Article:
The world is filled with thousands of incredible landmarks, meaning it was very difficult for us to pick just nine! After lots of research - and deliberation - we’ve put together a list of the most famous. From China to Portugal, which landmark is the most iconic?
“Without doubt, I think the most iconic landmark in the world has to be Sydney Harbour, book-ended by the Harbour Bridge and the Opera House,” says Steph from Cruise with Amber. “They really are a powerful pair of landmarks and complement each other so perfectly.”
Steph lived and worked in Sydney for 10 months whilst travelling around the world. “The Harbour Bridge’s dark industrial arc contrasts beautifully with the pale iridescent sails of the Opera House. When you get up close to both landmarks, they reward you with some surprising details which are impossible to discover from afar. For example, the Opera House reveals new layers of beauty in her pearlescent, herringbone tiles which tesselate so perfectly to form her grand sails. While on the other hand, the Harbour Bridge reveals some of its millions of sturdy rivets. If you get the chance, I would highly recommend climbing the Habour Bridge - not only for the spectacular panoramas you get whilst 134 metres above Port Jackson but also for a chance to blow a kiss for good luck to Blinky Bill (the flashing red light) right at the summit.
“For a memorable sail away on a cruise ship, I think Sydney Habour tops the list. It’s no wonder it’s the focus of Australia’s New Year fireworks each year. We were so lucky to be there for the millennium. Sydney Harbour is so iconic - you can show anyone a silhouette of the skyline and be certain they’ll know exactly where you are.”
Christ the Redeemer
Rio de Janeiro, Brazil
“Rio is famous for many things,” Debbie from Ocean Waves told us. “Copacabana and Ipanema beaches, the massive Maracana Stadium, Sugarloaf Mountain and, of course, Christ the Redeemer, or Cristo Redentor, as he is known locally.
“This huge statue stands on top of Corcovado peak 98ft high on top of a 26ft pedestal and his arms (wingspan) stretch to 92ft wide. Therefore you can’t miss it unless the clouds are low in the sky. Even as your aeroplane is on its final approach into Rio de Janeiro airport you can easily spot the distinctive white cross-shaped statue from afar.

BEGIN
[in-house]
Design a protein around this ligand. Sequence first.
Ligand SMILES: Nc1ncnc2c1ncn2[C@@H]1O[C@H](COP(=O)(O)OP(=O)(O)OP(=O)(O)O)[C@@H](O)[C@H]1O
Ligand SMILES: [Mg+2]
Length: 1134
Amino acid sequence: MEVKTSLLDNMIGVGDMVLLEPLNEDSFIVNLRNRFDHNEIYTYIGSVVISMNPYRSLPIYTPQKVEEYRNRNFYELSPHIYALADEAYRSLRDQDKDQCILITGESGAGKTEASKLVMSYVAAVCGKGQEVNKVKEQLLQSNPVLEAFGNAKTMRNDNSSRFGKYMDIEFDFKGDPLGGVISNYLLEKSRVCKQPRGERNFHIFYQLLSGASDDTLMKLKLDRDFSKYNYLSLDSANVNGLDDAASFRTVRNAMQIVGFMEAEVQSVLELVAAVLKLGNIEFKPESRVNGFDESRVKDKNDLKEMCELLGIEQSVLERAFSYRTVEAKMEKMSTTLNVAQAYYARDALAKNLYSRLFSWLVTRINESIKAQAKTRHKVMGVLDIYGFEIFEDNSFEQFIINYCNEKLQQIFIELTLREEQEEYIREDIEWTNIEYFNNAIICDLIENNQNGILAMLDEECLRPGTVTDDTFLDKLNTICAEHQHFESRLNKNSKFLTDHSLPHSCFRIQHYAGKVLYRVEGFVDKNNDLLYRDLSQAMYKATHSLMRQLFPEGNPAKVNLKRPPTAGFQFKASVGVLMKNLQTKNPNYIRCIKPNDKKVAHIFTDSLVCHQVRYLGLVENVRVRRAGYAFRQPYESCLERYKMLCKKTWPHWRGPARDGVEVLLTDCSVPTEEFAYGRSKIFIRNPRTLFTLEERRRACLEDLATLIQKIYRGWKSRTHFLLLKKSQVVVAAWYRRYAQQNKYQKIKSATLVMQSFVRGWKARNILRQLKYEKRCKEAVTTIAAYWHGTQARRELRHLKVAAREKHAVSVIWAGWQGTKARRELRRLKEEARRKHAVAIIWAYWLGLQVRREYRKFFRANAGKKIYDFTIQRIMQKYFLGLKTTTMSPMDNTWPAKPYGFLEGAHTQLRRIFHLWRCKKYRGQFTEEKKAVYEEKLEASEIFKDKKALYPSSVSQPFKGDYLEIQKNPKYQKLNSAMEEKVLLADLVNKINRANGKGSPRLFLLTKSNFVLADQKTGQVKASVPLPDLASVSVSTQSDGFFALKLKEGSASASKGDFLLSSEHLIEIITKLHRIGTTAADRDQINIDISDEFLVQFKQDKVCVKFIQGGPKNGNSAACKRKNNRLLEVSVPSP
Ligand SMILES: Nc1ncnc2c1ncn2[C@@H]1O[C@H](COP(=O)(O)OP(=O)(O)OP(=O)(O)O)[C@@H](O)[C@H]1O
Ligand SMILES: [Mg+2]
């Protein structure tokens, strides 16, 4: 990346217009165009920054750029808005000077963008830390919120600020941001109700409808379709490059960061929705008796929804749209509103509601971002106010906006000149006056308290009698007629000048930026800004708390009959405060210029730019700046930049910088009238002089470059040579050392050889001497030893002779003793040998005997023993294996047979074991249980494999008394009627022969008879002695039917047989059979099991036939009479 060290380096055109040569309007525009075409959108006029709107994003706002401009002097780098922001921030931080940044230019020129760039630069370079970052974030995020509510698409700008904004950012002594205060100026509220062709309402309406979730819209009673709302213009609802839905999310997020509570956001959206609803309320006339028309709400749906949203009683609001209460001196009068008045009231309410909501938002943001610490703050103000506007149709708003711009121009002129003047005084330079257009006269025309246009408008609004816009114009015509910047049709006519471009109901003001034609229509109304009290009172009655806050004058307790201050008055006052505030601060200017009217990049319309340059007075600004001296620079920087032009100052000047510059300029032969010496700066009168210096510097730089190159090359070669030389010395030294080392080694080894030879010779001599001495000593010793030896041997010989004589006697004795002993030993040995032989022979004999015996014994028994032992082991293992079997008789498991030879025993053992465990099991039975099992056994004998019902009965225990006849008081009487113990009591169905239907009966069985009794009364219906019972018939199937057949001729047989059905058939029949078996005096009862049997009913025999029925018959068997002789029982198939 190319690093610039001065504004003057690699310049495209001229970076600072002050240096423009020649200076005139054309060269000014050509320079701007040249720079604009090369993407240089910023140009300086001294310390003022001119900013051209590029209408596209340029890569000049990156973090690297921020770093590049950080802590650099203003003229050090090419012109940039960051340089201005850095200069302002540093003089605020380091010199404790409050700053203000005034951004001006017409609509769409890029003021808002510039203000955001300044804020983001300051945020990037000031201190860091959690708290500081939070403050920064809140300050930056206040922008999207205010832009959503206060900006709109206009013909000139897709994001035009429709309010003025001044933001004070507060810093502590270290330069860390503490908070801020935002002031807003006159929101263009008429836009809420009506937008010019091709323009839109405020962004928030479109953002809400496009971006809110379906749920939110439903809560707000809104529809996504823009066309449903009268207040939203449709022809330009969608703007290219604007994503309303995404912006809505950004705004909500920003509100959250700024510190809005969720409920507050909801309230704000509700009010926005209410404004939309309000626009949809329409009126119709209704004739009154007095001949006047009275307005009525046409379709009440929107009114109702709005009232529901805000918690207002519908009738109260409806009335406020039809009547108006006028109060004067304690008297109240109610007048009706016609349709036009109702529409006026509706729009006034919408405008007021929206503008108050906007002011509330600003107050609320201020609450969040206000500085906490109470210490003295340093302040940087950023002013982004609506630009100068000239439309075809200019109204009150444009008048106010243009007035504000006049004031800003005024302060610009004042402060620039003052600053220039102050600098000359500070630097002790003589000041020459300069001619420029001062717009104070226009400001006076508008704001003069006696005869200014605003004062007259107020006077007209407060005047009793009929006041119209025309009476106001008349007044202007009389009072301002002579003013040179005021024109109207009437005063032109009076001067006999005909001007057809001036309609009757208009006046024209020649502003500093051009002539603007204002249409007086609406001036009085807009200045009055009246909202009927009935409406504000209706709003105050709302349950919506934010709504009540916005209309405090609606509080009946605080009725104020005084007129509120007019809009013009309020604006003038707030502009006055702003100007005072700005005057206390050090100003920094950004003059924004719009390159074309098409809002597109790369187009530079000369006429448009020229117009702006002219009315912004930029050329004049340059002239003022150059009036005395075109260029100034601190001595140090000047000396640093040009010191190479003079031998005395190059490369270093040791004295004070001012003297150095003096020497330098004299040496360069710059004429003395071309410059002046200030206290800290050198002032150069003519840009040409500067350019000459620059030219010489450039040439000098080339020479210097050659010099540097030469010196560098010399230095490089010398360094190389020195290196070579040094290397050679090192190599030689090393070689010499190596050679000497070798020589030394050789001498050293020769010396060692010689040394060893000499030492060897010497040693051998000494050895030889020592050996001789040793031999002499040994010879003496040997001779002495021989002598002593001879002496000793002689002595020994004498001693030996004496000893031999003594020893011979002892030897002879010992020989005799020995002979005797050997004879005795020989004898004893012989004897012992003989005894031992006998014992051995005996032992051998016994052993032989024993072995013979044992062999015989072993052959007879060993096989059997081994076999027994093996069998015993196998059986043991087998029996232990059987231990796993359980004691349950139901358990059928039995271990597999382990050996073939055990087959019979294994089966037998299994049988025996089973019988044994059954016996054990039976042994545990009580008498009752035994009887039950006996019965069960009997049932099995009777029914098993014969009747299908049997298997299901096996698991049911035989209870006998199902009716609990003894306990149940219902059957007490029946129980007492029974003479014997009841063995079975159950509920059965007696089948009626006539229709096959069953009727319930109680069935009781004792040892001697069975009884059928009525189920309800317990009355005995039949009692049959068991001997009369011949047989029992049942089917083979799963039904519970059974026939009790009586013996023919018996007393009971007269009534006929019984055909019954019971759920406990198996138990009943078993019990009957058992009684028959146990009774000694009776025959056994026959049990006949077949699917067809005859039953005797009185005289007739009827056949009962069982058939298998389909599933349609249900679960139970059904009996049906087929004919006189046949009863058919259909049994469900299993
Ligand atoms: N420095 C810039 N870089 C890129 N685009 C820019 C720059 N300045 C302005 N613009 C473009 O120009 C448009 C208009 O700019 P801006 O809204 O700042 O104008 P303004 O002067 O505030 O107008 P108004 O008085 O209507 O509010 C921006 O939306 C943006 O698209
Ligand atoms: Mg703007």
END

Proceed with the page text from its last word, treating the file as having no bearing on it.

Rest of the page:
“You have to do most of the ride up Corcovado peak by the Rack Railway (not unlike a funicular), designed for going up and down steep peaks. It takes about 20 minutes and you have fantastic views of the city and its beaches on the way. Once you alight at the top, there are still a number of steps to climb until you find yourself on a platform around the statue’s plinth, where you will be at the feet of Christ the Redeemer. Only then do you realise just how massive the statue is and you get a weird sense of vertigo when you crane your neck to look up into this face.
“You will see that Christ has his head angled slightly downwards and has a serene expression. From all angles at the top, you can now see for miles around. I remember taking a deep breath and looking around in fascination, not quite believing that I was actually here in Rio de Janeiro, looking down at many famous sights from another famous landmark. ‘Awesome’ is a word that comes nowhere near to describing it.”
Siem Reap, Cambodia
We chatted to Della from the beauty, travel and lifestyle blog, Della Loves Nutella. Della nominated Angkor Wat for the world’s most iconic landmark, she told us: “Angkor Wat and its surrounding temples are one of the most incredible sights in Cambodia and the largest religious monument in the world in terms of land area. It’s one of those landmarks that left a place in my heart and still, to this day, I’m in awe that I visited.
“My visit to Angkor Wat is something I will never forget. The sheer size of the Angkor Wat temple blew me away on arrival and I couldn’t believe the beauty as I roamed around the many temples in the Angkor Wat Archeological Park. My favourite memory exploring is the day I woke up at 4 am and got a tuk-tuk ride to watch the sunrise over the temple. Pinks and purples filled the sky and it brought out the silhouette of the phenomenal temple into the light.
“Built in the 12th century and located in Siem Reap, Angkor Wat has a wealth of history and wonder to it. Stretched over 400 acres, the park requires a tuk-tuk driver to take you around. The tuk-tuk driver adds to the overall experience as mine regaled me with stories and facts I didn’t know about the temples. They even provided bottles of water to cool me down under the hot sun. Cambodia is a beautiful country filled with humble people, beautiful scenery and must-see attractions.”
Great Wall of China
The Great Wall of China, also known as the Great Wall at Mutianyu, is one of the Seven Wonders of the World. Located just 35 miles outside of Beijing, the wall is one of China’s most popular tourist hotspots attracting over 10 million visitors a year.
Made of cement, bricks, dirt and wood, the wall is the longest structure humans have ever built. Measuring over 13,000 miles long, 29 feet wide and 49 feet tall (it is so long, in fact, it can be seen by astronauts out in space), the Great Wall of China was finally completed in 1878 after 2,300 years. Its purpose was to protect the north of the empire of China from enemy attacks and because of this, there are more than 20,000 watchtowers along the wall. Interestingly, it is not a single wall but a series of fortification systems and although much of the structure is now in ruins, it still stands as one of the most impressive feats of engineering in the world.